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The Design Arts of Theatre

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Introduction   ::   Scenic   ::   Costume   ::   Lighting   ::   Activities

The Scenic Designer

Part 1

In making any art, the artist must ask, "What are the important images here that I need to communicate?" If a specific space for a play is an important image, the scenic (or "set") designer will design it. For a realistic play, this may mean creating a realistic-look space with lots of "real" details. If the mood and atmosphere are more important, the scenic designer may go for more symbolic lines or forms or textures.

But it always starts with asking that important question first.

There are several clues for the set designer when she is designing a play. First is the play itself. What does it "say?" What images seem to be dominant? Next, for most professional plays, is the director's concept, which outlines the moods, themes and atmosphere of the play. The designer can also rely on her own imagination, as well as the ideas derived through communicating with other artists.

Let's see some examples (in trying to keep these images small for loading, they aren't as cool as the real thing):

Selkie Beach

The above scenic design for for a production of Selkie , a play about a girl who discovers that her mother is actually a Selkie, Scottish mythological creature—basically a seal who took off her pelt. When she did so, a young man grabbed the pelt, forcing her to stay with him as his wife until the pelt was given back to her or discovered. There are several different space requirements for this play, including a beach, the interior of a house, and actually in the water. Yet there is little time for scene changes. The designer for this play, Sarah Betts, made a space that could be changed with the addition of lights. These are beach lights for scenes that take place on the beach. For the interior of the house, a table and chairs was quickly brought out. The colors she chose worked well with the lights and changed depending on need. Here are the "under water" lights:

The simplicity of the design gives it an atmospheric, mythical quality that would have been driven away with too many details.

Part 2

The following set design was for The Boy Who Drew Cats , a play for children based on a Japanese fairy tale about a boy who could not stop drawing cats. This gets him intro trouble until he enters an abandoned temple, draws a bunch of cats, goes to sleep, and then wakes up to find that the giant cursed rat had been killed. All of the cats he drew had blood red on their lips. Cool!

In this play, the places the boy visits are so many and happen so fast, there is no possible way to have traditional set changes that take minutes at a shot. So the designer opted for materials that could change quickly: fabric. In this scene, the boy and his mother huddle together while a storm rages around them. Using fabric allowed extremely fluid scene changes. Since the play was narrated by storytellers who often described several place changes within the space of a few seconds, this worked magnificently.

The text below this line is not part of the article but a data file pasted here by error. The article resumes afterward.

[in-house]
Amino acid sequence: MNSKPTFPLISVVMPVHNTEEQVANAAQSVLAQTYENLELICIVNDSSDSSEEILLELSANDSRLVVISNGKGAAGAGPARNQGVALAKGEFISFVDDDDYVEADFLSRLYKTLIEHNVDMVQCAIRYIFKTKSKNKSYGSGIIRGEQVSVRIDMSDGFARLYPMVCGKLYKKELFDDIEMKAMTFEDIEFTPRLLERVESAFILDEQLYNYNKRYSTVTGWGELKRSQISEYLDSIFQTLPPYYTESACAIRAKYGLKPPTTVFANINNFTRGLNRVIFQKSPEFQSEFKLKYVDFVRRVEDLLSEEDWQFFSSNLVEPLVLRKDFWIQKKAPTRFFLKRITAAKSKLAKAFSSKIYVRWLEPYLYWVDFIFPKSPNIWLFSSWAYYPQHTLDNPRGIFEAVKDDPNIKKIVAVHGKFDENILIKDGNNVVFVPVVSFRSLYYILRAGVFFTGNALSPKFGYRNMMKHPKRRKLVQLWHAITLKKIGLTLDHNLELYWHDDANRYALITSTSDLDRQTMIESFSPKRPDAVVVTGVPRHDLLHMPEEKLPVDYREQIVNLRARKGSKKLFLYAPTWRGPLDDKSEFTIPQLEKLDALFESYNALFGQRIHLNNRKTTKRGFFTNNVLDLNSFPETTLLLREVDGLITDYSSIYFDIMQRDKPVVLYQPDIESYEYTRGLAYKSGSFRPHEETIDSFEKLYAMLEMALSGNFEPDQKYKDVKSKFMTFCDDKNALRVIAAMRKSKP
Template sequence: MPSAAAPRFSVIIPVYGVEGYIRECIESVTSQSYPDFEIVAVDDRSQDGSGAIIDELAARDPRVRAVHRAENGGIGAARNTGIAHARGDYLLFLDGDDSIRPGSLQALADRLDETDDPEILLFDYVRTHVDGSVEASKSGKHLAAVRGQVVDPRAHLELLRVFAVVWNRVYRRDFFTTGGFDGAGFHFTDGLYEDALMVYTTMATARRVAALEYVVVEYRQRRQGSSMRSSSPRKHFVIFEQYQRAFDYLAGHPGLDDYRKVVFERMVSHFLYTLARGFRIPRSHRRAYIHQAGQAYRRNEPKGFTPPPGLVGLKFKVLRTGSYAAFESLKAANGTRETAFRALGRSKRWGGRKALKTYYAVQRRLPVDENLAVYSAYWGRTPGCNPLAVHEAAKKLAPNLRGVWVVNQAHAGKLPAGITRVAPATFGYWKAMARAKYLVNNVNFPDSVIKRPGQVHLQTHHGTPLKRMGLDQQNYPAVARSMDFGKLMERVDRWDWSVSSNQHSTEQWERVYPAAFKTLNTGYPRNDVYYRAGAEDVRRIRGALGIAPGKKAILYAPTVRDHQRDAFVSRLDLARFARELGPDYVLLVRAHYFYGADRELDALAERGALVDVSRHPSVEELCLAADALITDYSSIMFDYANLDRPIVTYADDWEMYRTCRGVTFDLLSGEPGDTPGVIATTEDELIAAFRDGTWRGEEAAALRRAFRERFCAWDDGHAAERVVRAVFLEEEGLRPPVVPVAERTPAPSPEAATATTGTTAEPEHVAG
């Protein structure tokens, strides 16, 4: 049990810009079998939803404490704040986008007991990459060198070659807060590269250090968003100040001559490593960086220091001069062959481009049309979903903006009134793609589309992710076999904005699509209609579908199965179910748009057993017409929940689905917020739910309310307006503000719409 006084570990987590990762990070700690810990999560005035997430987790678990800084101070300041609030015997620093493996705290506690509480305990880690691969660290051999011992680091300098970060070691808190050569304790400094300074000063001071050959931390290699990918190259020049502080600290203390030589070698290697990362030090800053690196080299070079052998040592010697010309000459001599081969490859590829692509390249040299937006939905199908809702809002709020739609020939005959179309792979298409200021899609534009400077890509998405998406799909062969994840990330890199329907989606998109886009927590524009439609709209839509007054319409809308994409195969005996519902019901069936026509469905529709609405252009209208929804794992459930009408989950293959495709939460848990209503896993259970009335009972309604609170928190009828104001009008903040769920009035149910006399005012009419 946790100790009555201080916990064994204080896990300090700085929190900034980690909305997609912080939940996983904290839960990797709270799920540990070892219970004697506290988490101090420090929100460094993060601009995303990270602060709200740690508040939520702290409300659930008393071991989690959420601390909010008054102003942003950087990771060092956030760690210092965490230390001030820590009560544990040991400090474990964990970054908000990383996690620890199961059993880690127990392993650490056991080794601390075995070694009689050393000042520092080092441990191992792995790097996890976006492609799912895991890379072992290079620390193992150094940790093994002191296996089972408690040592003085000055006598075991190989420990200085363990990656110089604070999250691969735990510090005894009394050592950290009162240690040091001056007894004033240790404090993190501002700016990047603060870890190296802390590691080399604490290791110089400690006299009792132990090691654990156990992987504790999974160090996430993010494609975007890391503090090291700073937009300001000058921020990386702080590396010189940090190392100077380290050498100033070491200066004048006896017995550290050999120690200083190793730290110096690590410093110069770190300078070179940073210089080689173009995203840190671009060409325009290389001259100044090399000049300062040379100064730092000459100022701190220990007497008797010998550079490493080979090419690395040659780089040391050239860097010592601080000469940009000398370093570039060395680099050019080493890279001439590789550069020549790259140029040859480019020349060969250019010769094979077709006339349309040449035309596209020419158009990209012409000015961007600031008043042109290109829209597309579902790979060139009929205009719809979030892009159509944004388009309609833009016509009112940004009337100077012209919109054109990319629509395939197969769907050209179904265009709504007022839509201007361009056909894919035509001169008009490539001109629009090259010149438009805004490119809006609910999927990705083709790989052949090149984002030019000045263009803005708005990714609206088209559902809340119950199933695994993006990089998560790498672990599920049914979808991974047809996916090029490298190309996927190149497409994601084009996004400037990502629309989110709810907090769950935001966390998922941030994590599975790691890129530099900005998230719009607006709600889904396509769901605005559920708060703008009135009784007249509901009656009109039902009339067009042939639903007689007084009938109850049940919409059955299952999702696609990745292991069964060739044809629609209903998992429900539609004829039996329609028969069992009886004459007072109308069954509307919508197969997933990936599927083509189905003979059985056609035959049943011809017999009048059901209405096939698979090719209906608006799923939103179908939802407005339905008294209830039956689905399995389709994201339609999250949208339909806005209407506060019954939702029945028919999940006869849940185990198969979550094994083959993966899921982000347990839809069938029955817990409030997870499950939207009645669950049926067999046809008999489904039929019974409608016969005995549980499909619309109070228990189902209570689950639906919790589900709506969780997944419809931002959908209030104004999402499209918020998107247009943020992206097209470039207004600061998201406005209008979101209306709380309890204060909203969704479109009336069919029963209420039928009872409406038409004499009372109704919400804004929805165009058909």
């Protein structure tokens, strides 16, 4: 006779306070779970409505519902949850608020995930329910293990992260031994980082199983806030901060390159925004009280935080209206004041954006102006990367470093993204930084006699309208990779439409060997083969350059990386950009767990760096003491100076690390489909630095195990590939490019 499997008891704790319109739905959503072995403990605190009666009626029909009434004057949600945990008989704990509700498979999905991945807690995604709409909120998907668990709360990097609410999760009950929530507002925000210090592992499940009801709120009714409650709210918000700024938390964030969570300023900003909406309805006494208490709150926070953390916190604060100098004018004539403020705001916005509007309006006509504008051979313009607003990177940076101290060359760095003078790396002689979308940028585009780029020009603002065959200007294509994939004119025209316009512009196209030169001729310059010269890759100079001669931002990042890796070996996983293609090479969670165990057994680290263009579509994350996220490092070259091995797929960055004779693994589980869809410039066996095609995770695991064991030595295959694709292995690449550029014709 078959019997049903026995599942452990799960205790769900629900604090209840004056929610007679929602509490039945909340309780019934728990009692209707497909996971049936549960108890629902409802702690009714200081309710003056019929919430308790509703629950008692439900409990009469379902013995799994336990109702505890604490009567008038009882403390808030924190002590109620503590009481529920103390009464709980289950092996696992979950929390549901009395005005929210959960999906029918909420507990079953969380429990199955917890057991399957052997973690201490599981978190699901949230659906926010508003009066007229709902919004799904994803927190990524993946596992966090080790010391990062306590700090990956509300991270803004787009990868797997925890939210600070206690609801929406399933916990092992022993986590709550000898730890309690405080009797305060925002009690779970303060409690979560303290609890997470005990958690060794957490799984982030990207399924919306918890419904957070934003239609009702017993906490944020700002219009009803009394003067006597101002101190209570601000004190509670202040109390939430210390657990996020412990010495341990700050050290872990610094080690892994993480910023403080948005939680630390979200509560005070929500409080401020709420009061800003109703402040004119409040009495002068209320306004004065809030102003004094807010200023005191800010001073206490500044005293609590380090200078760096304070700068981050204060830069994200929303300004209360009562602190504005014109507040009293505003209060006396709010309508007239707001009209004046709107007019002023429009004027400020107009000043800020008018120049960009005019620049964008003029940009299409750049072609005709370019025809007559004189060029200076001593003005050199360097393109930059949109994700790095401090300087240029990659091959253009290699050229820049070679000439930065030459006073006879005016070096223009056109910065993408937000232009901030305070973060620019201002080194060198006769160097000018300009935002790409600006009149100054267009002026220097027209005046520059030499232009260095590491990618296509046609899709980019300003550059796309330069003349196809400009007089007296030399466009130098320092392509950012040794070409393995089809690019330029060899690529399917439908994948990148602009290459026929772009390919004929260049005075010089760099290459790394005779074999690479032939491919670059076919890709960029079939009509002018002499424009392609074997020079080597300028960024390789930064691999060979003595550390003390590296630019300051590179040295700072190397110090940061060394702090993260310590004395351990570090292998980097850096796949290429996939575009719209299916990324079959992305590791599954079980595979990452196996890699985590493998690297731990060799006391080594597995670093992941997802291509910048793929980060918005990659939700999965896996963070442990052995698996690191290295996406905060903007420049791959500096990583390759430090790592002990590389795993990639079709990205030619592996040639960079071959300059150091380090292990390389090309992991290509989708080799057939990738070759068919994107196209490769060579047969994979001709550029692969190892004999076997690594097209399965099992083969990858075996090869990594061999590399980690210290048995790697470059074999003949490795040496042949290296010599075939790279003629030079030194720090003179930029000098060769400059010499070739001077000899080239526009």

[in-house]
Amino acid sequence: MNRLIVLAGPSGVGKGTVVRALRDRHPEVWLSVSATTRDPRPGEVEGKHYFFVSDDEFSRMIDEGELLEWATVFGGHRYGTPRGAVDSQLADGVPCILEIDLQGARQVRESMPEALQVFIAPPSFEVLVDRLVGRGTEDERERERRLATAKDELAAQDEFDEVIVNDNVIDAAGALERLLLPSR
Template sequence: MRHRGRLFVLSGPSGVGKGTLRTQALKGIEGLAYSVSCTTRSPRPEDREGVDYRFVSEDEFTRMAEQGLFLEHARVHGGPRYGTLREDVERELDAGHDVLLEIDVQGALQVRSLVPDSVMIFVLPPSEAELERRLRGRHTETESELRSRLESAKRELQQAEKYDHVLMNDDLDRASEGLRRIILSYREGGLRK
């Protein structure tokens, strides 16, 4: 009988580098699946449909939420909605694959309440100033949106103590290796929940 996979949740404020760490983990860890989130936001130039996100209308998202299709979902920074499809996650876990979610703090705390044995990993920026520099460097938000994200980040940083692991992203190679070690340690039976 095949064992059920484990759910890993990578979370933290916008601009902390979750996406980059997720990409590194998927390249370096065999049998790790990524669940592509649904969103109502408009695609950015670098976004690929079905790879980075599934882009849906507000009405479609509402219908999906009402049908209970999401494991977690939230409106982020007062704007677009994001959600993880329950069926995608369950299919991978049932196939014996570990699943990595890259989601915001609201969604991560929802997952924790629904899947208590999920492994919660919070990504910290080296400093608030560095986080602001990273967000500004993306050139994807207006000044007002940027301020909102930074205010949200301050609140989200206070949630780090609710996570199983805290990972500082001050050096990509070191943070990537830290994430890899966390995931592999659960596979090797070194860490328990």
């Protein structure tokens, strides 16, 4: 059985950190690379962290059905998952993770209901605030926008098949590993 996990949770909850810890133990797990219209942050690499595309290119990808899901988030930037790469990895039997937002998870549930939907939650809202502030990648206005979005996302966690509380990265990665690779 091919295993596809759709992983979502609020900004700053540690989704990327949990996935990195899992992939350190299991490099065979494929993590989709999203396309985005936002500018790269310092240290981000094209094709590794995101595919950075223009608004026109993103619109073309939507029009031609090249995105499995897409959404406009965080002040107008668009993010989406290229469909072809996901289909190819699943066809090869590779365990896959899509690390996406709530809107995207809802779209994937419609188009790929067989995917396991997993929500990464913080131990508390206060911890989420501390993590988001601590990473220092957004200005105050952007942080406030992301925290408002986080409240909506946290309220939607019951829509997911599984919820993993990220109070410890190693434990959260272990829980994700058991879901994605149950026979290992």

Part 3

This design for the play The House of Blue Leaves , requires a much more realistic set. It all just depends on what images are most important to communicate. The set design plays an integral part of this play as it posits the interior of a church. Note how the papers on the floor, sofa and other details add to the sense of place that would be very difficult to communicate otherwise.

Part 4

Once key images have been decided upon, the set designer does research, especially for a play that takes place in a foreign culture or for a period play, which takes place in a different time period. In this play, the designer had to research the styles of the beams and buttresses. In other situations, the designer must know what kind of molding goes around the floors and doors, window treatments, floor and wall designs, to name a few. All of the designers I know always have dozens of books are always stacked up on their desks.

This set rendering, designed by John Stark for the Illinois Shakespeare Festival for Shakespeare's Richard III , looks much more realistic. It is still a unit set (a set that structurally doesn't change all that much), however, and though there are details such as the chains and stone walls, it would probably operate very much like Selkie above. Renderings are usually drawn to give the director and other designers an idea of what the design will look like.

Part 5

Renderings are often followed by small scale models of the set design. Models give the director and others an idea of the sense of space involved. As a director, I like to play with my G.I.Joes on the sets I see! Just kidding. But I do like to move small scale people around. (Just between you and me, I like to talk in little voices as the characters interact).

Models are followed or preceded by ground plans (a floor plan) and then blueprints. That big gate for Richard III? It has to be built, of course, and the scenic designer has to provide detailed plans for doing so.

In sum, the set designer must be an architect, artist, engineer and good communicator. Try it!

Copyright 2008, by the Contributing Authors. Cite/attribute Resource . admin. (2005, October 07). The Design Arts of Theatre. Retrieved January 08, 2011, from Free Online Course Materials — USU OpenCourseWare Web site: This work is licensed under a Creative Commons License Creative Commons License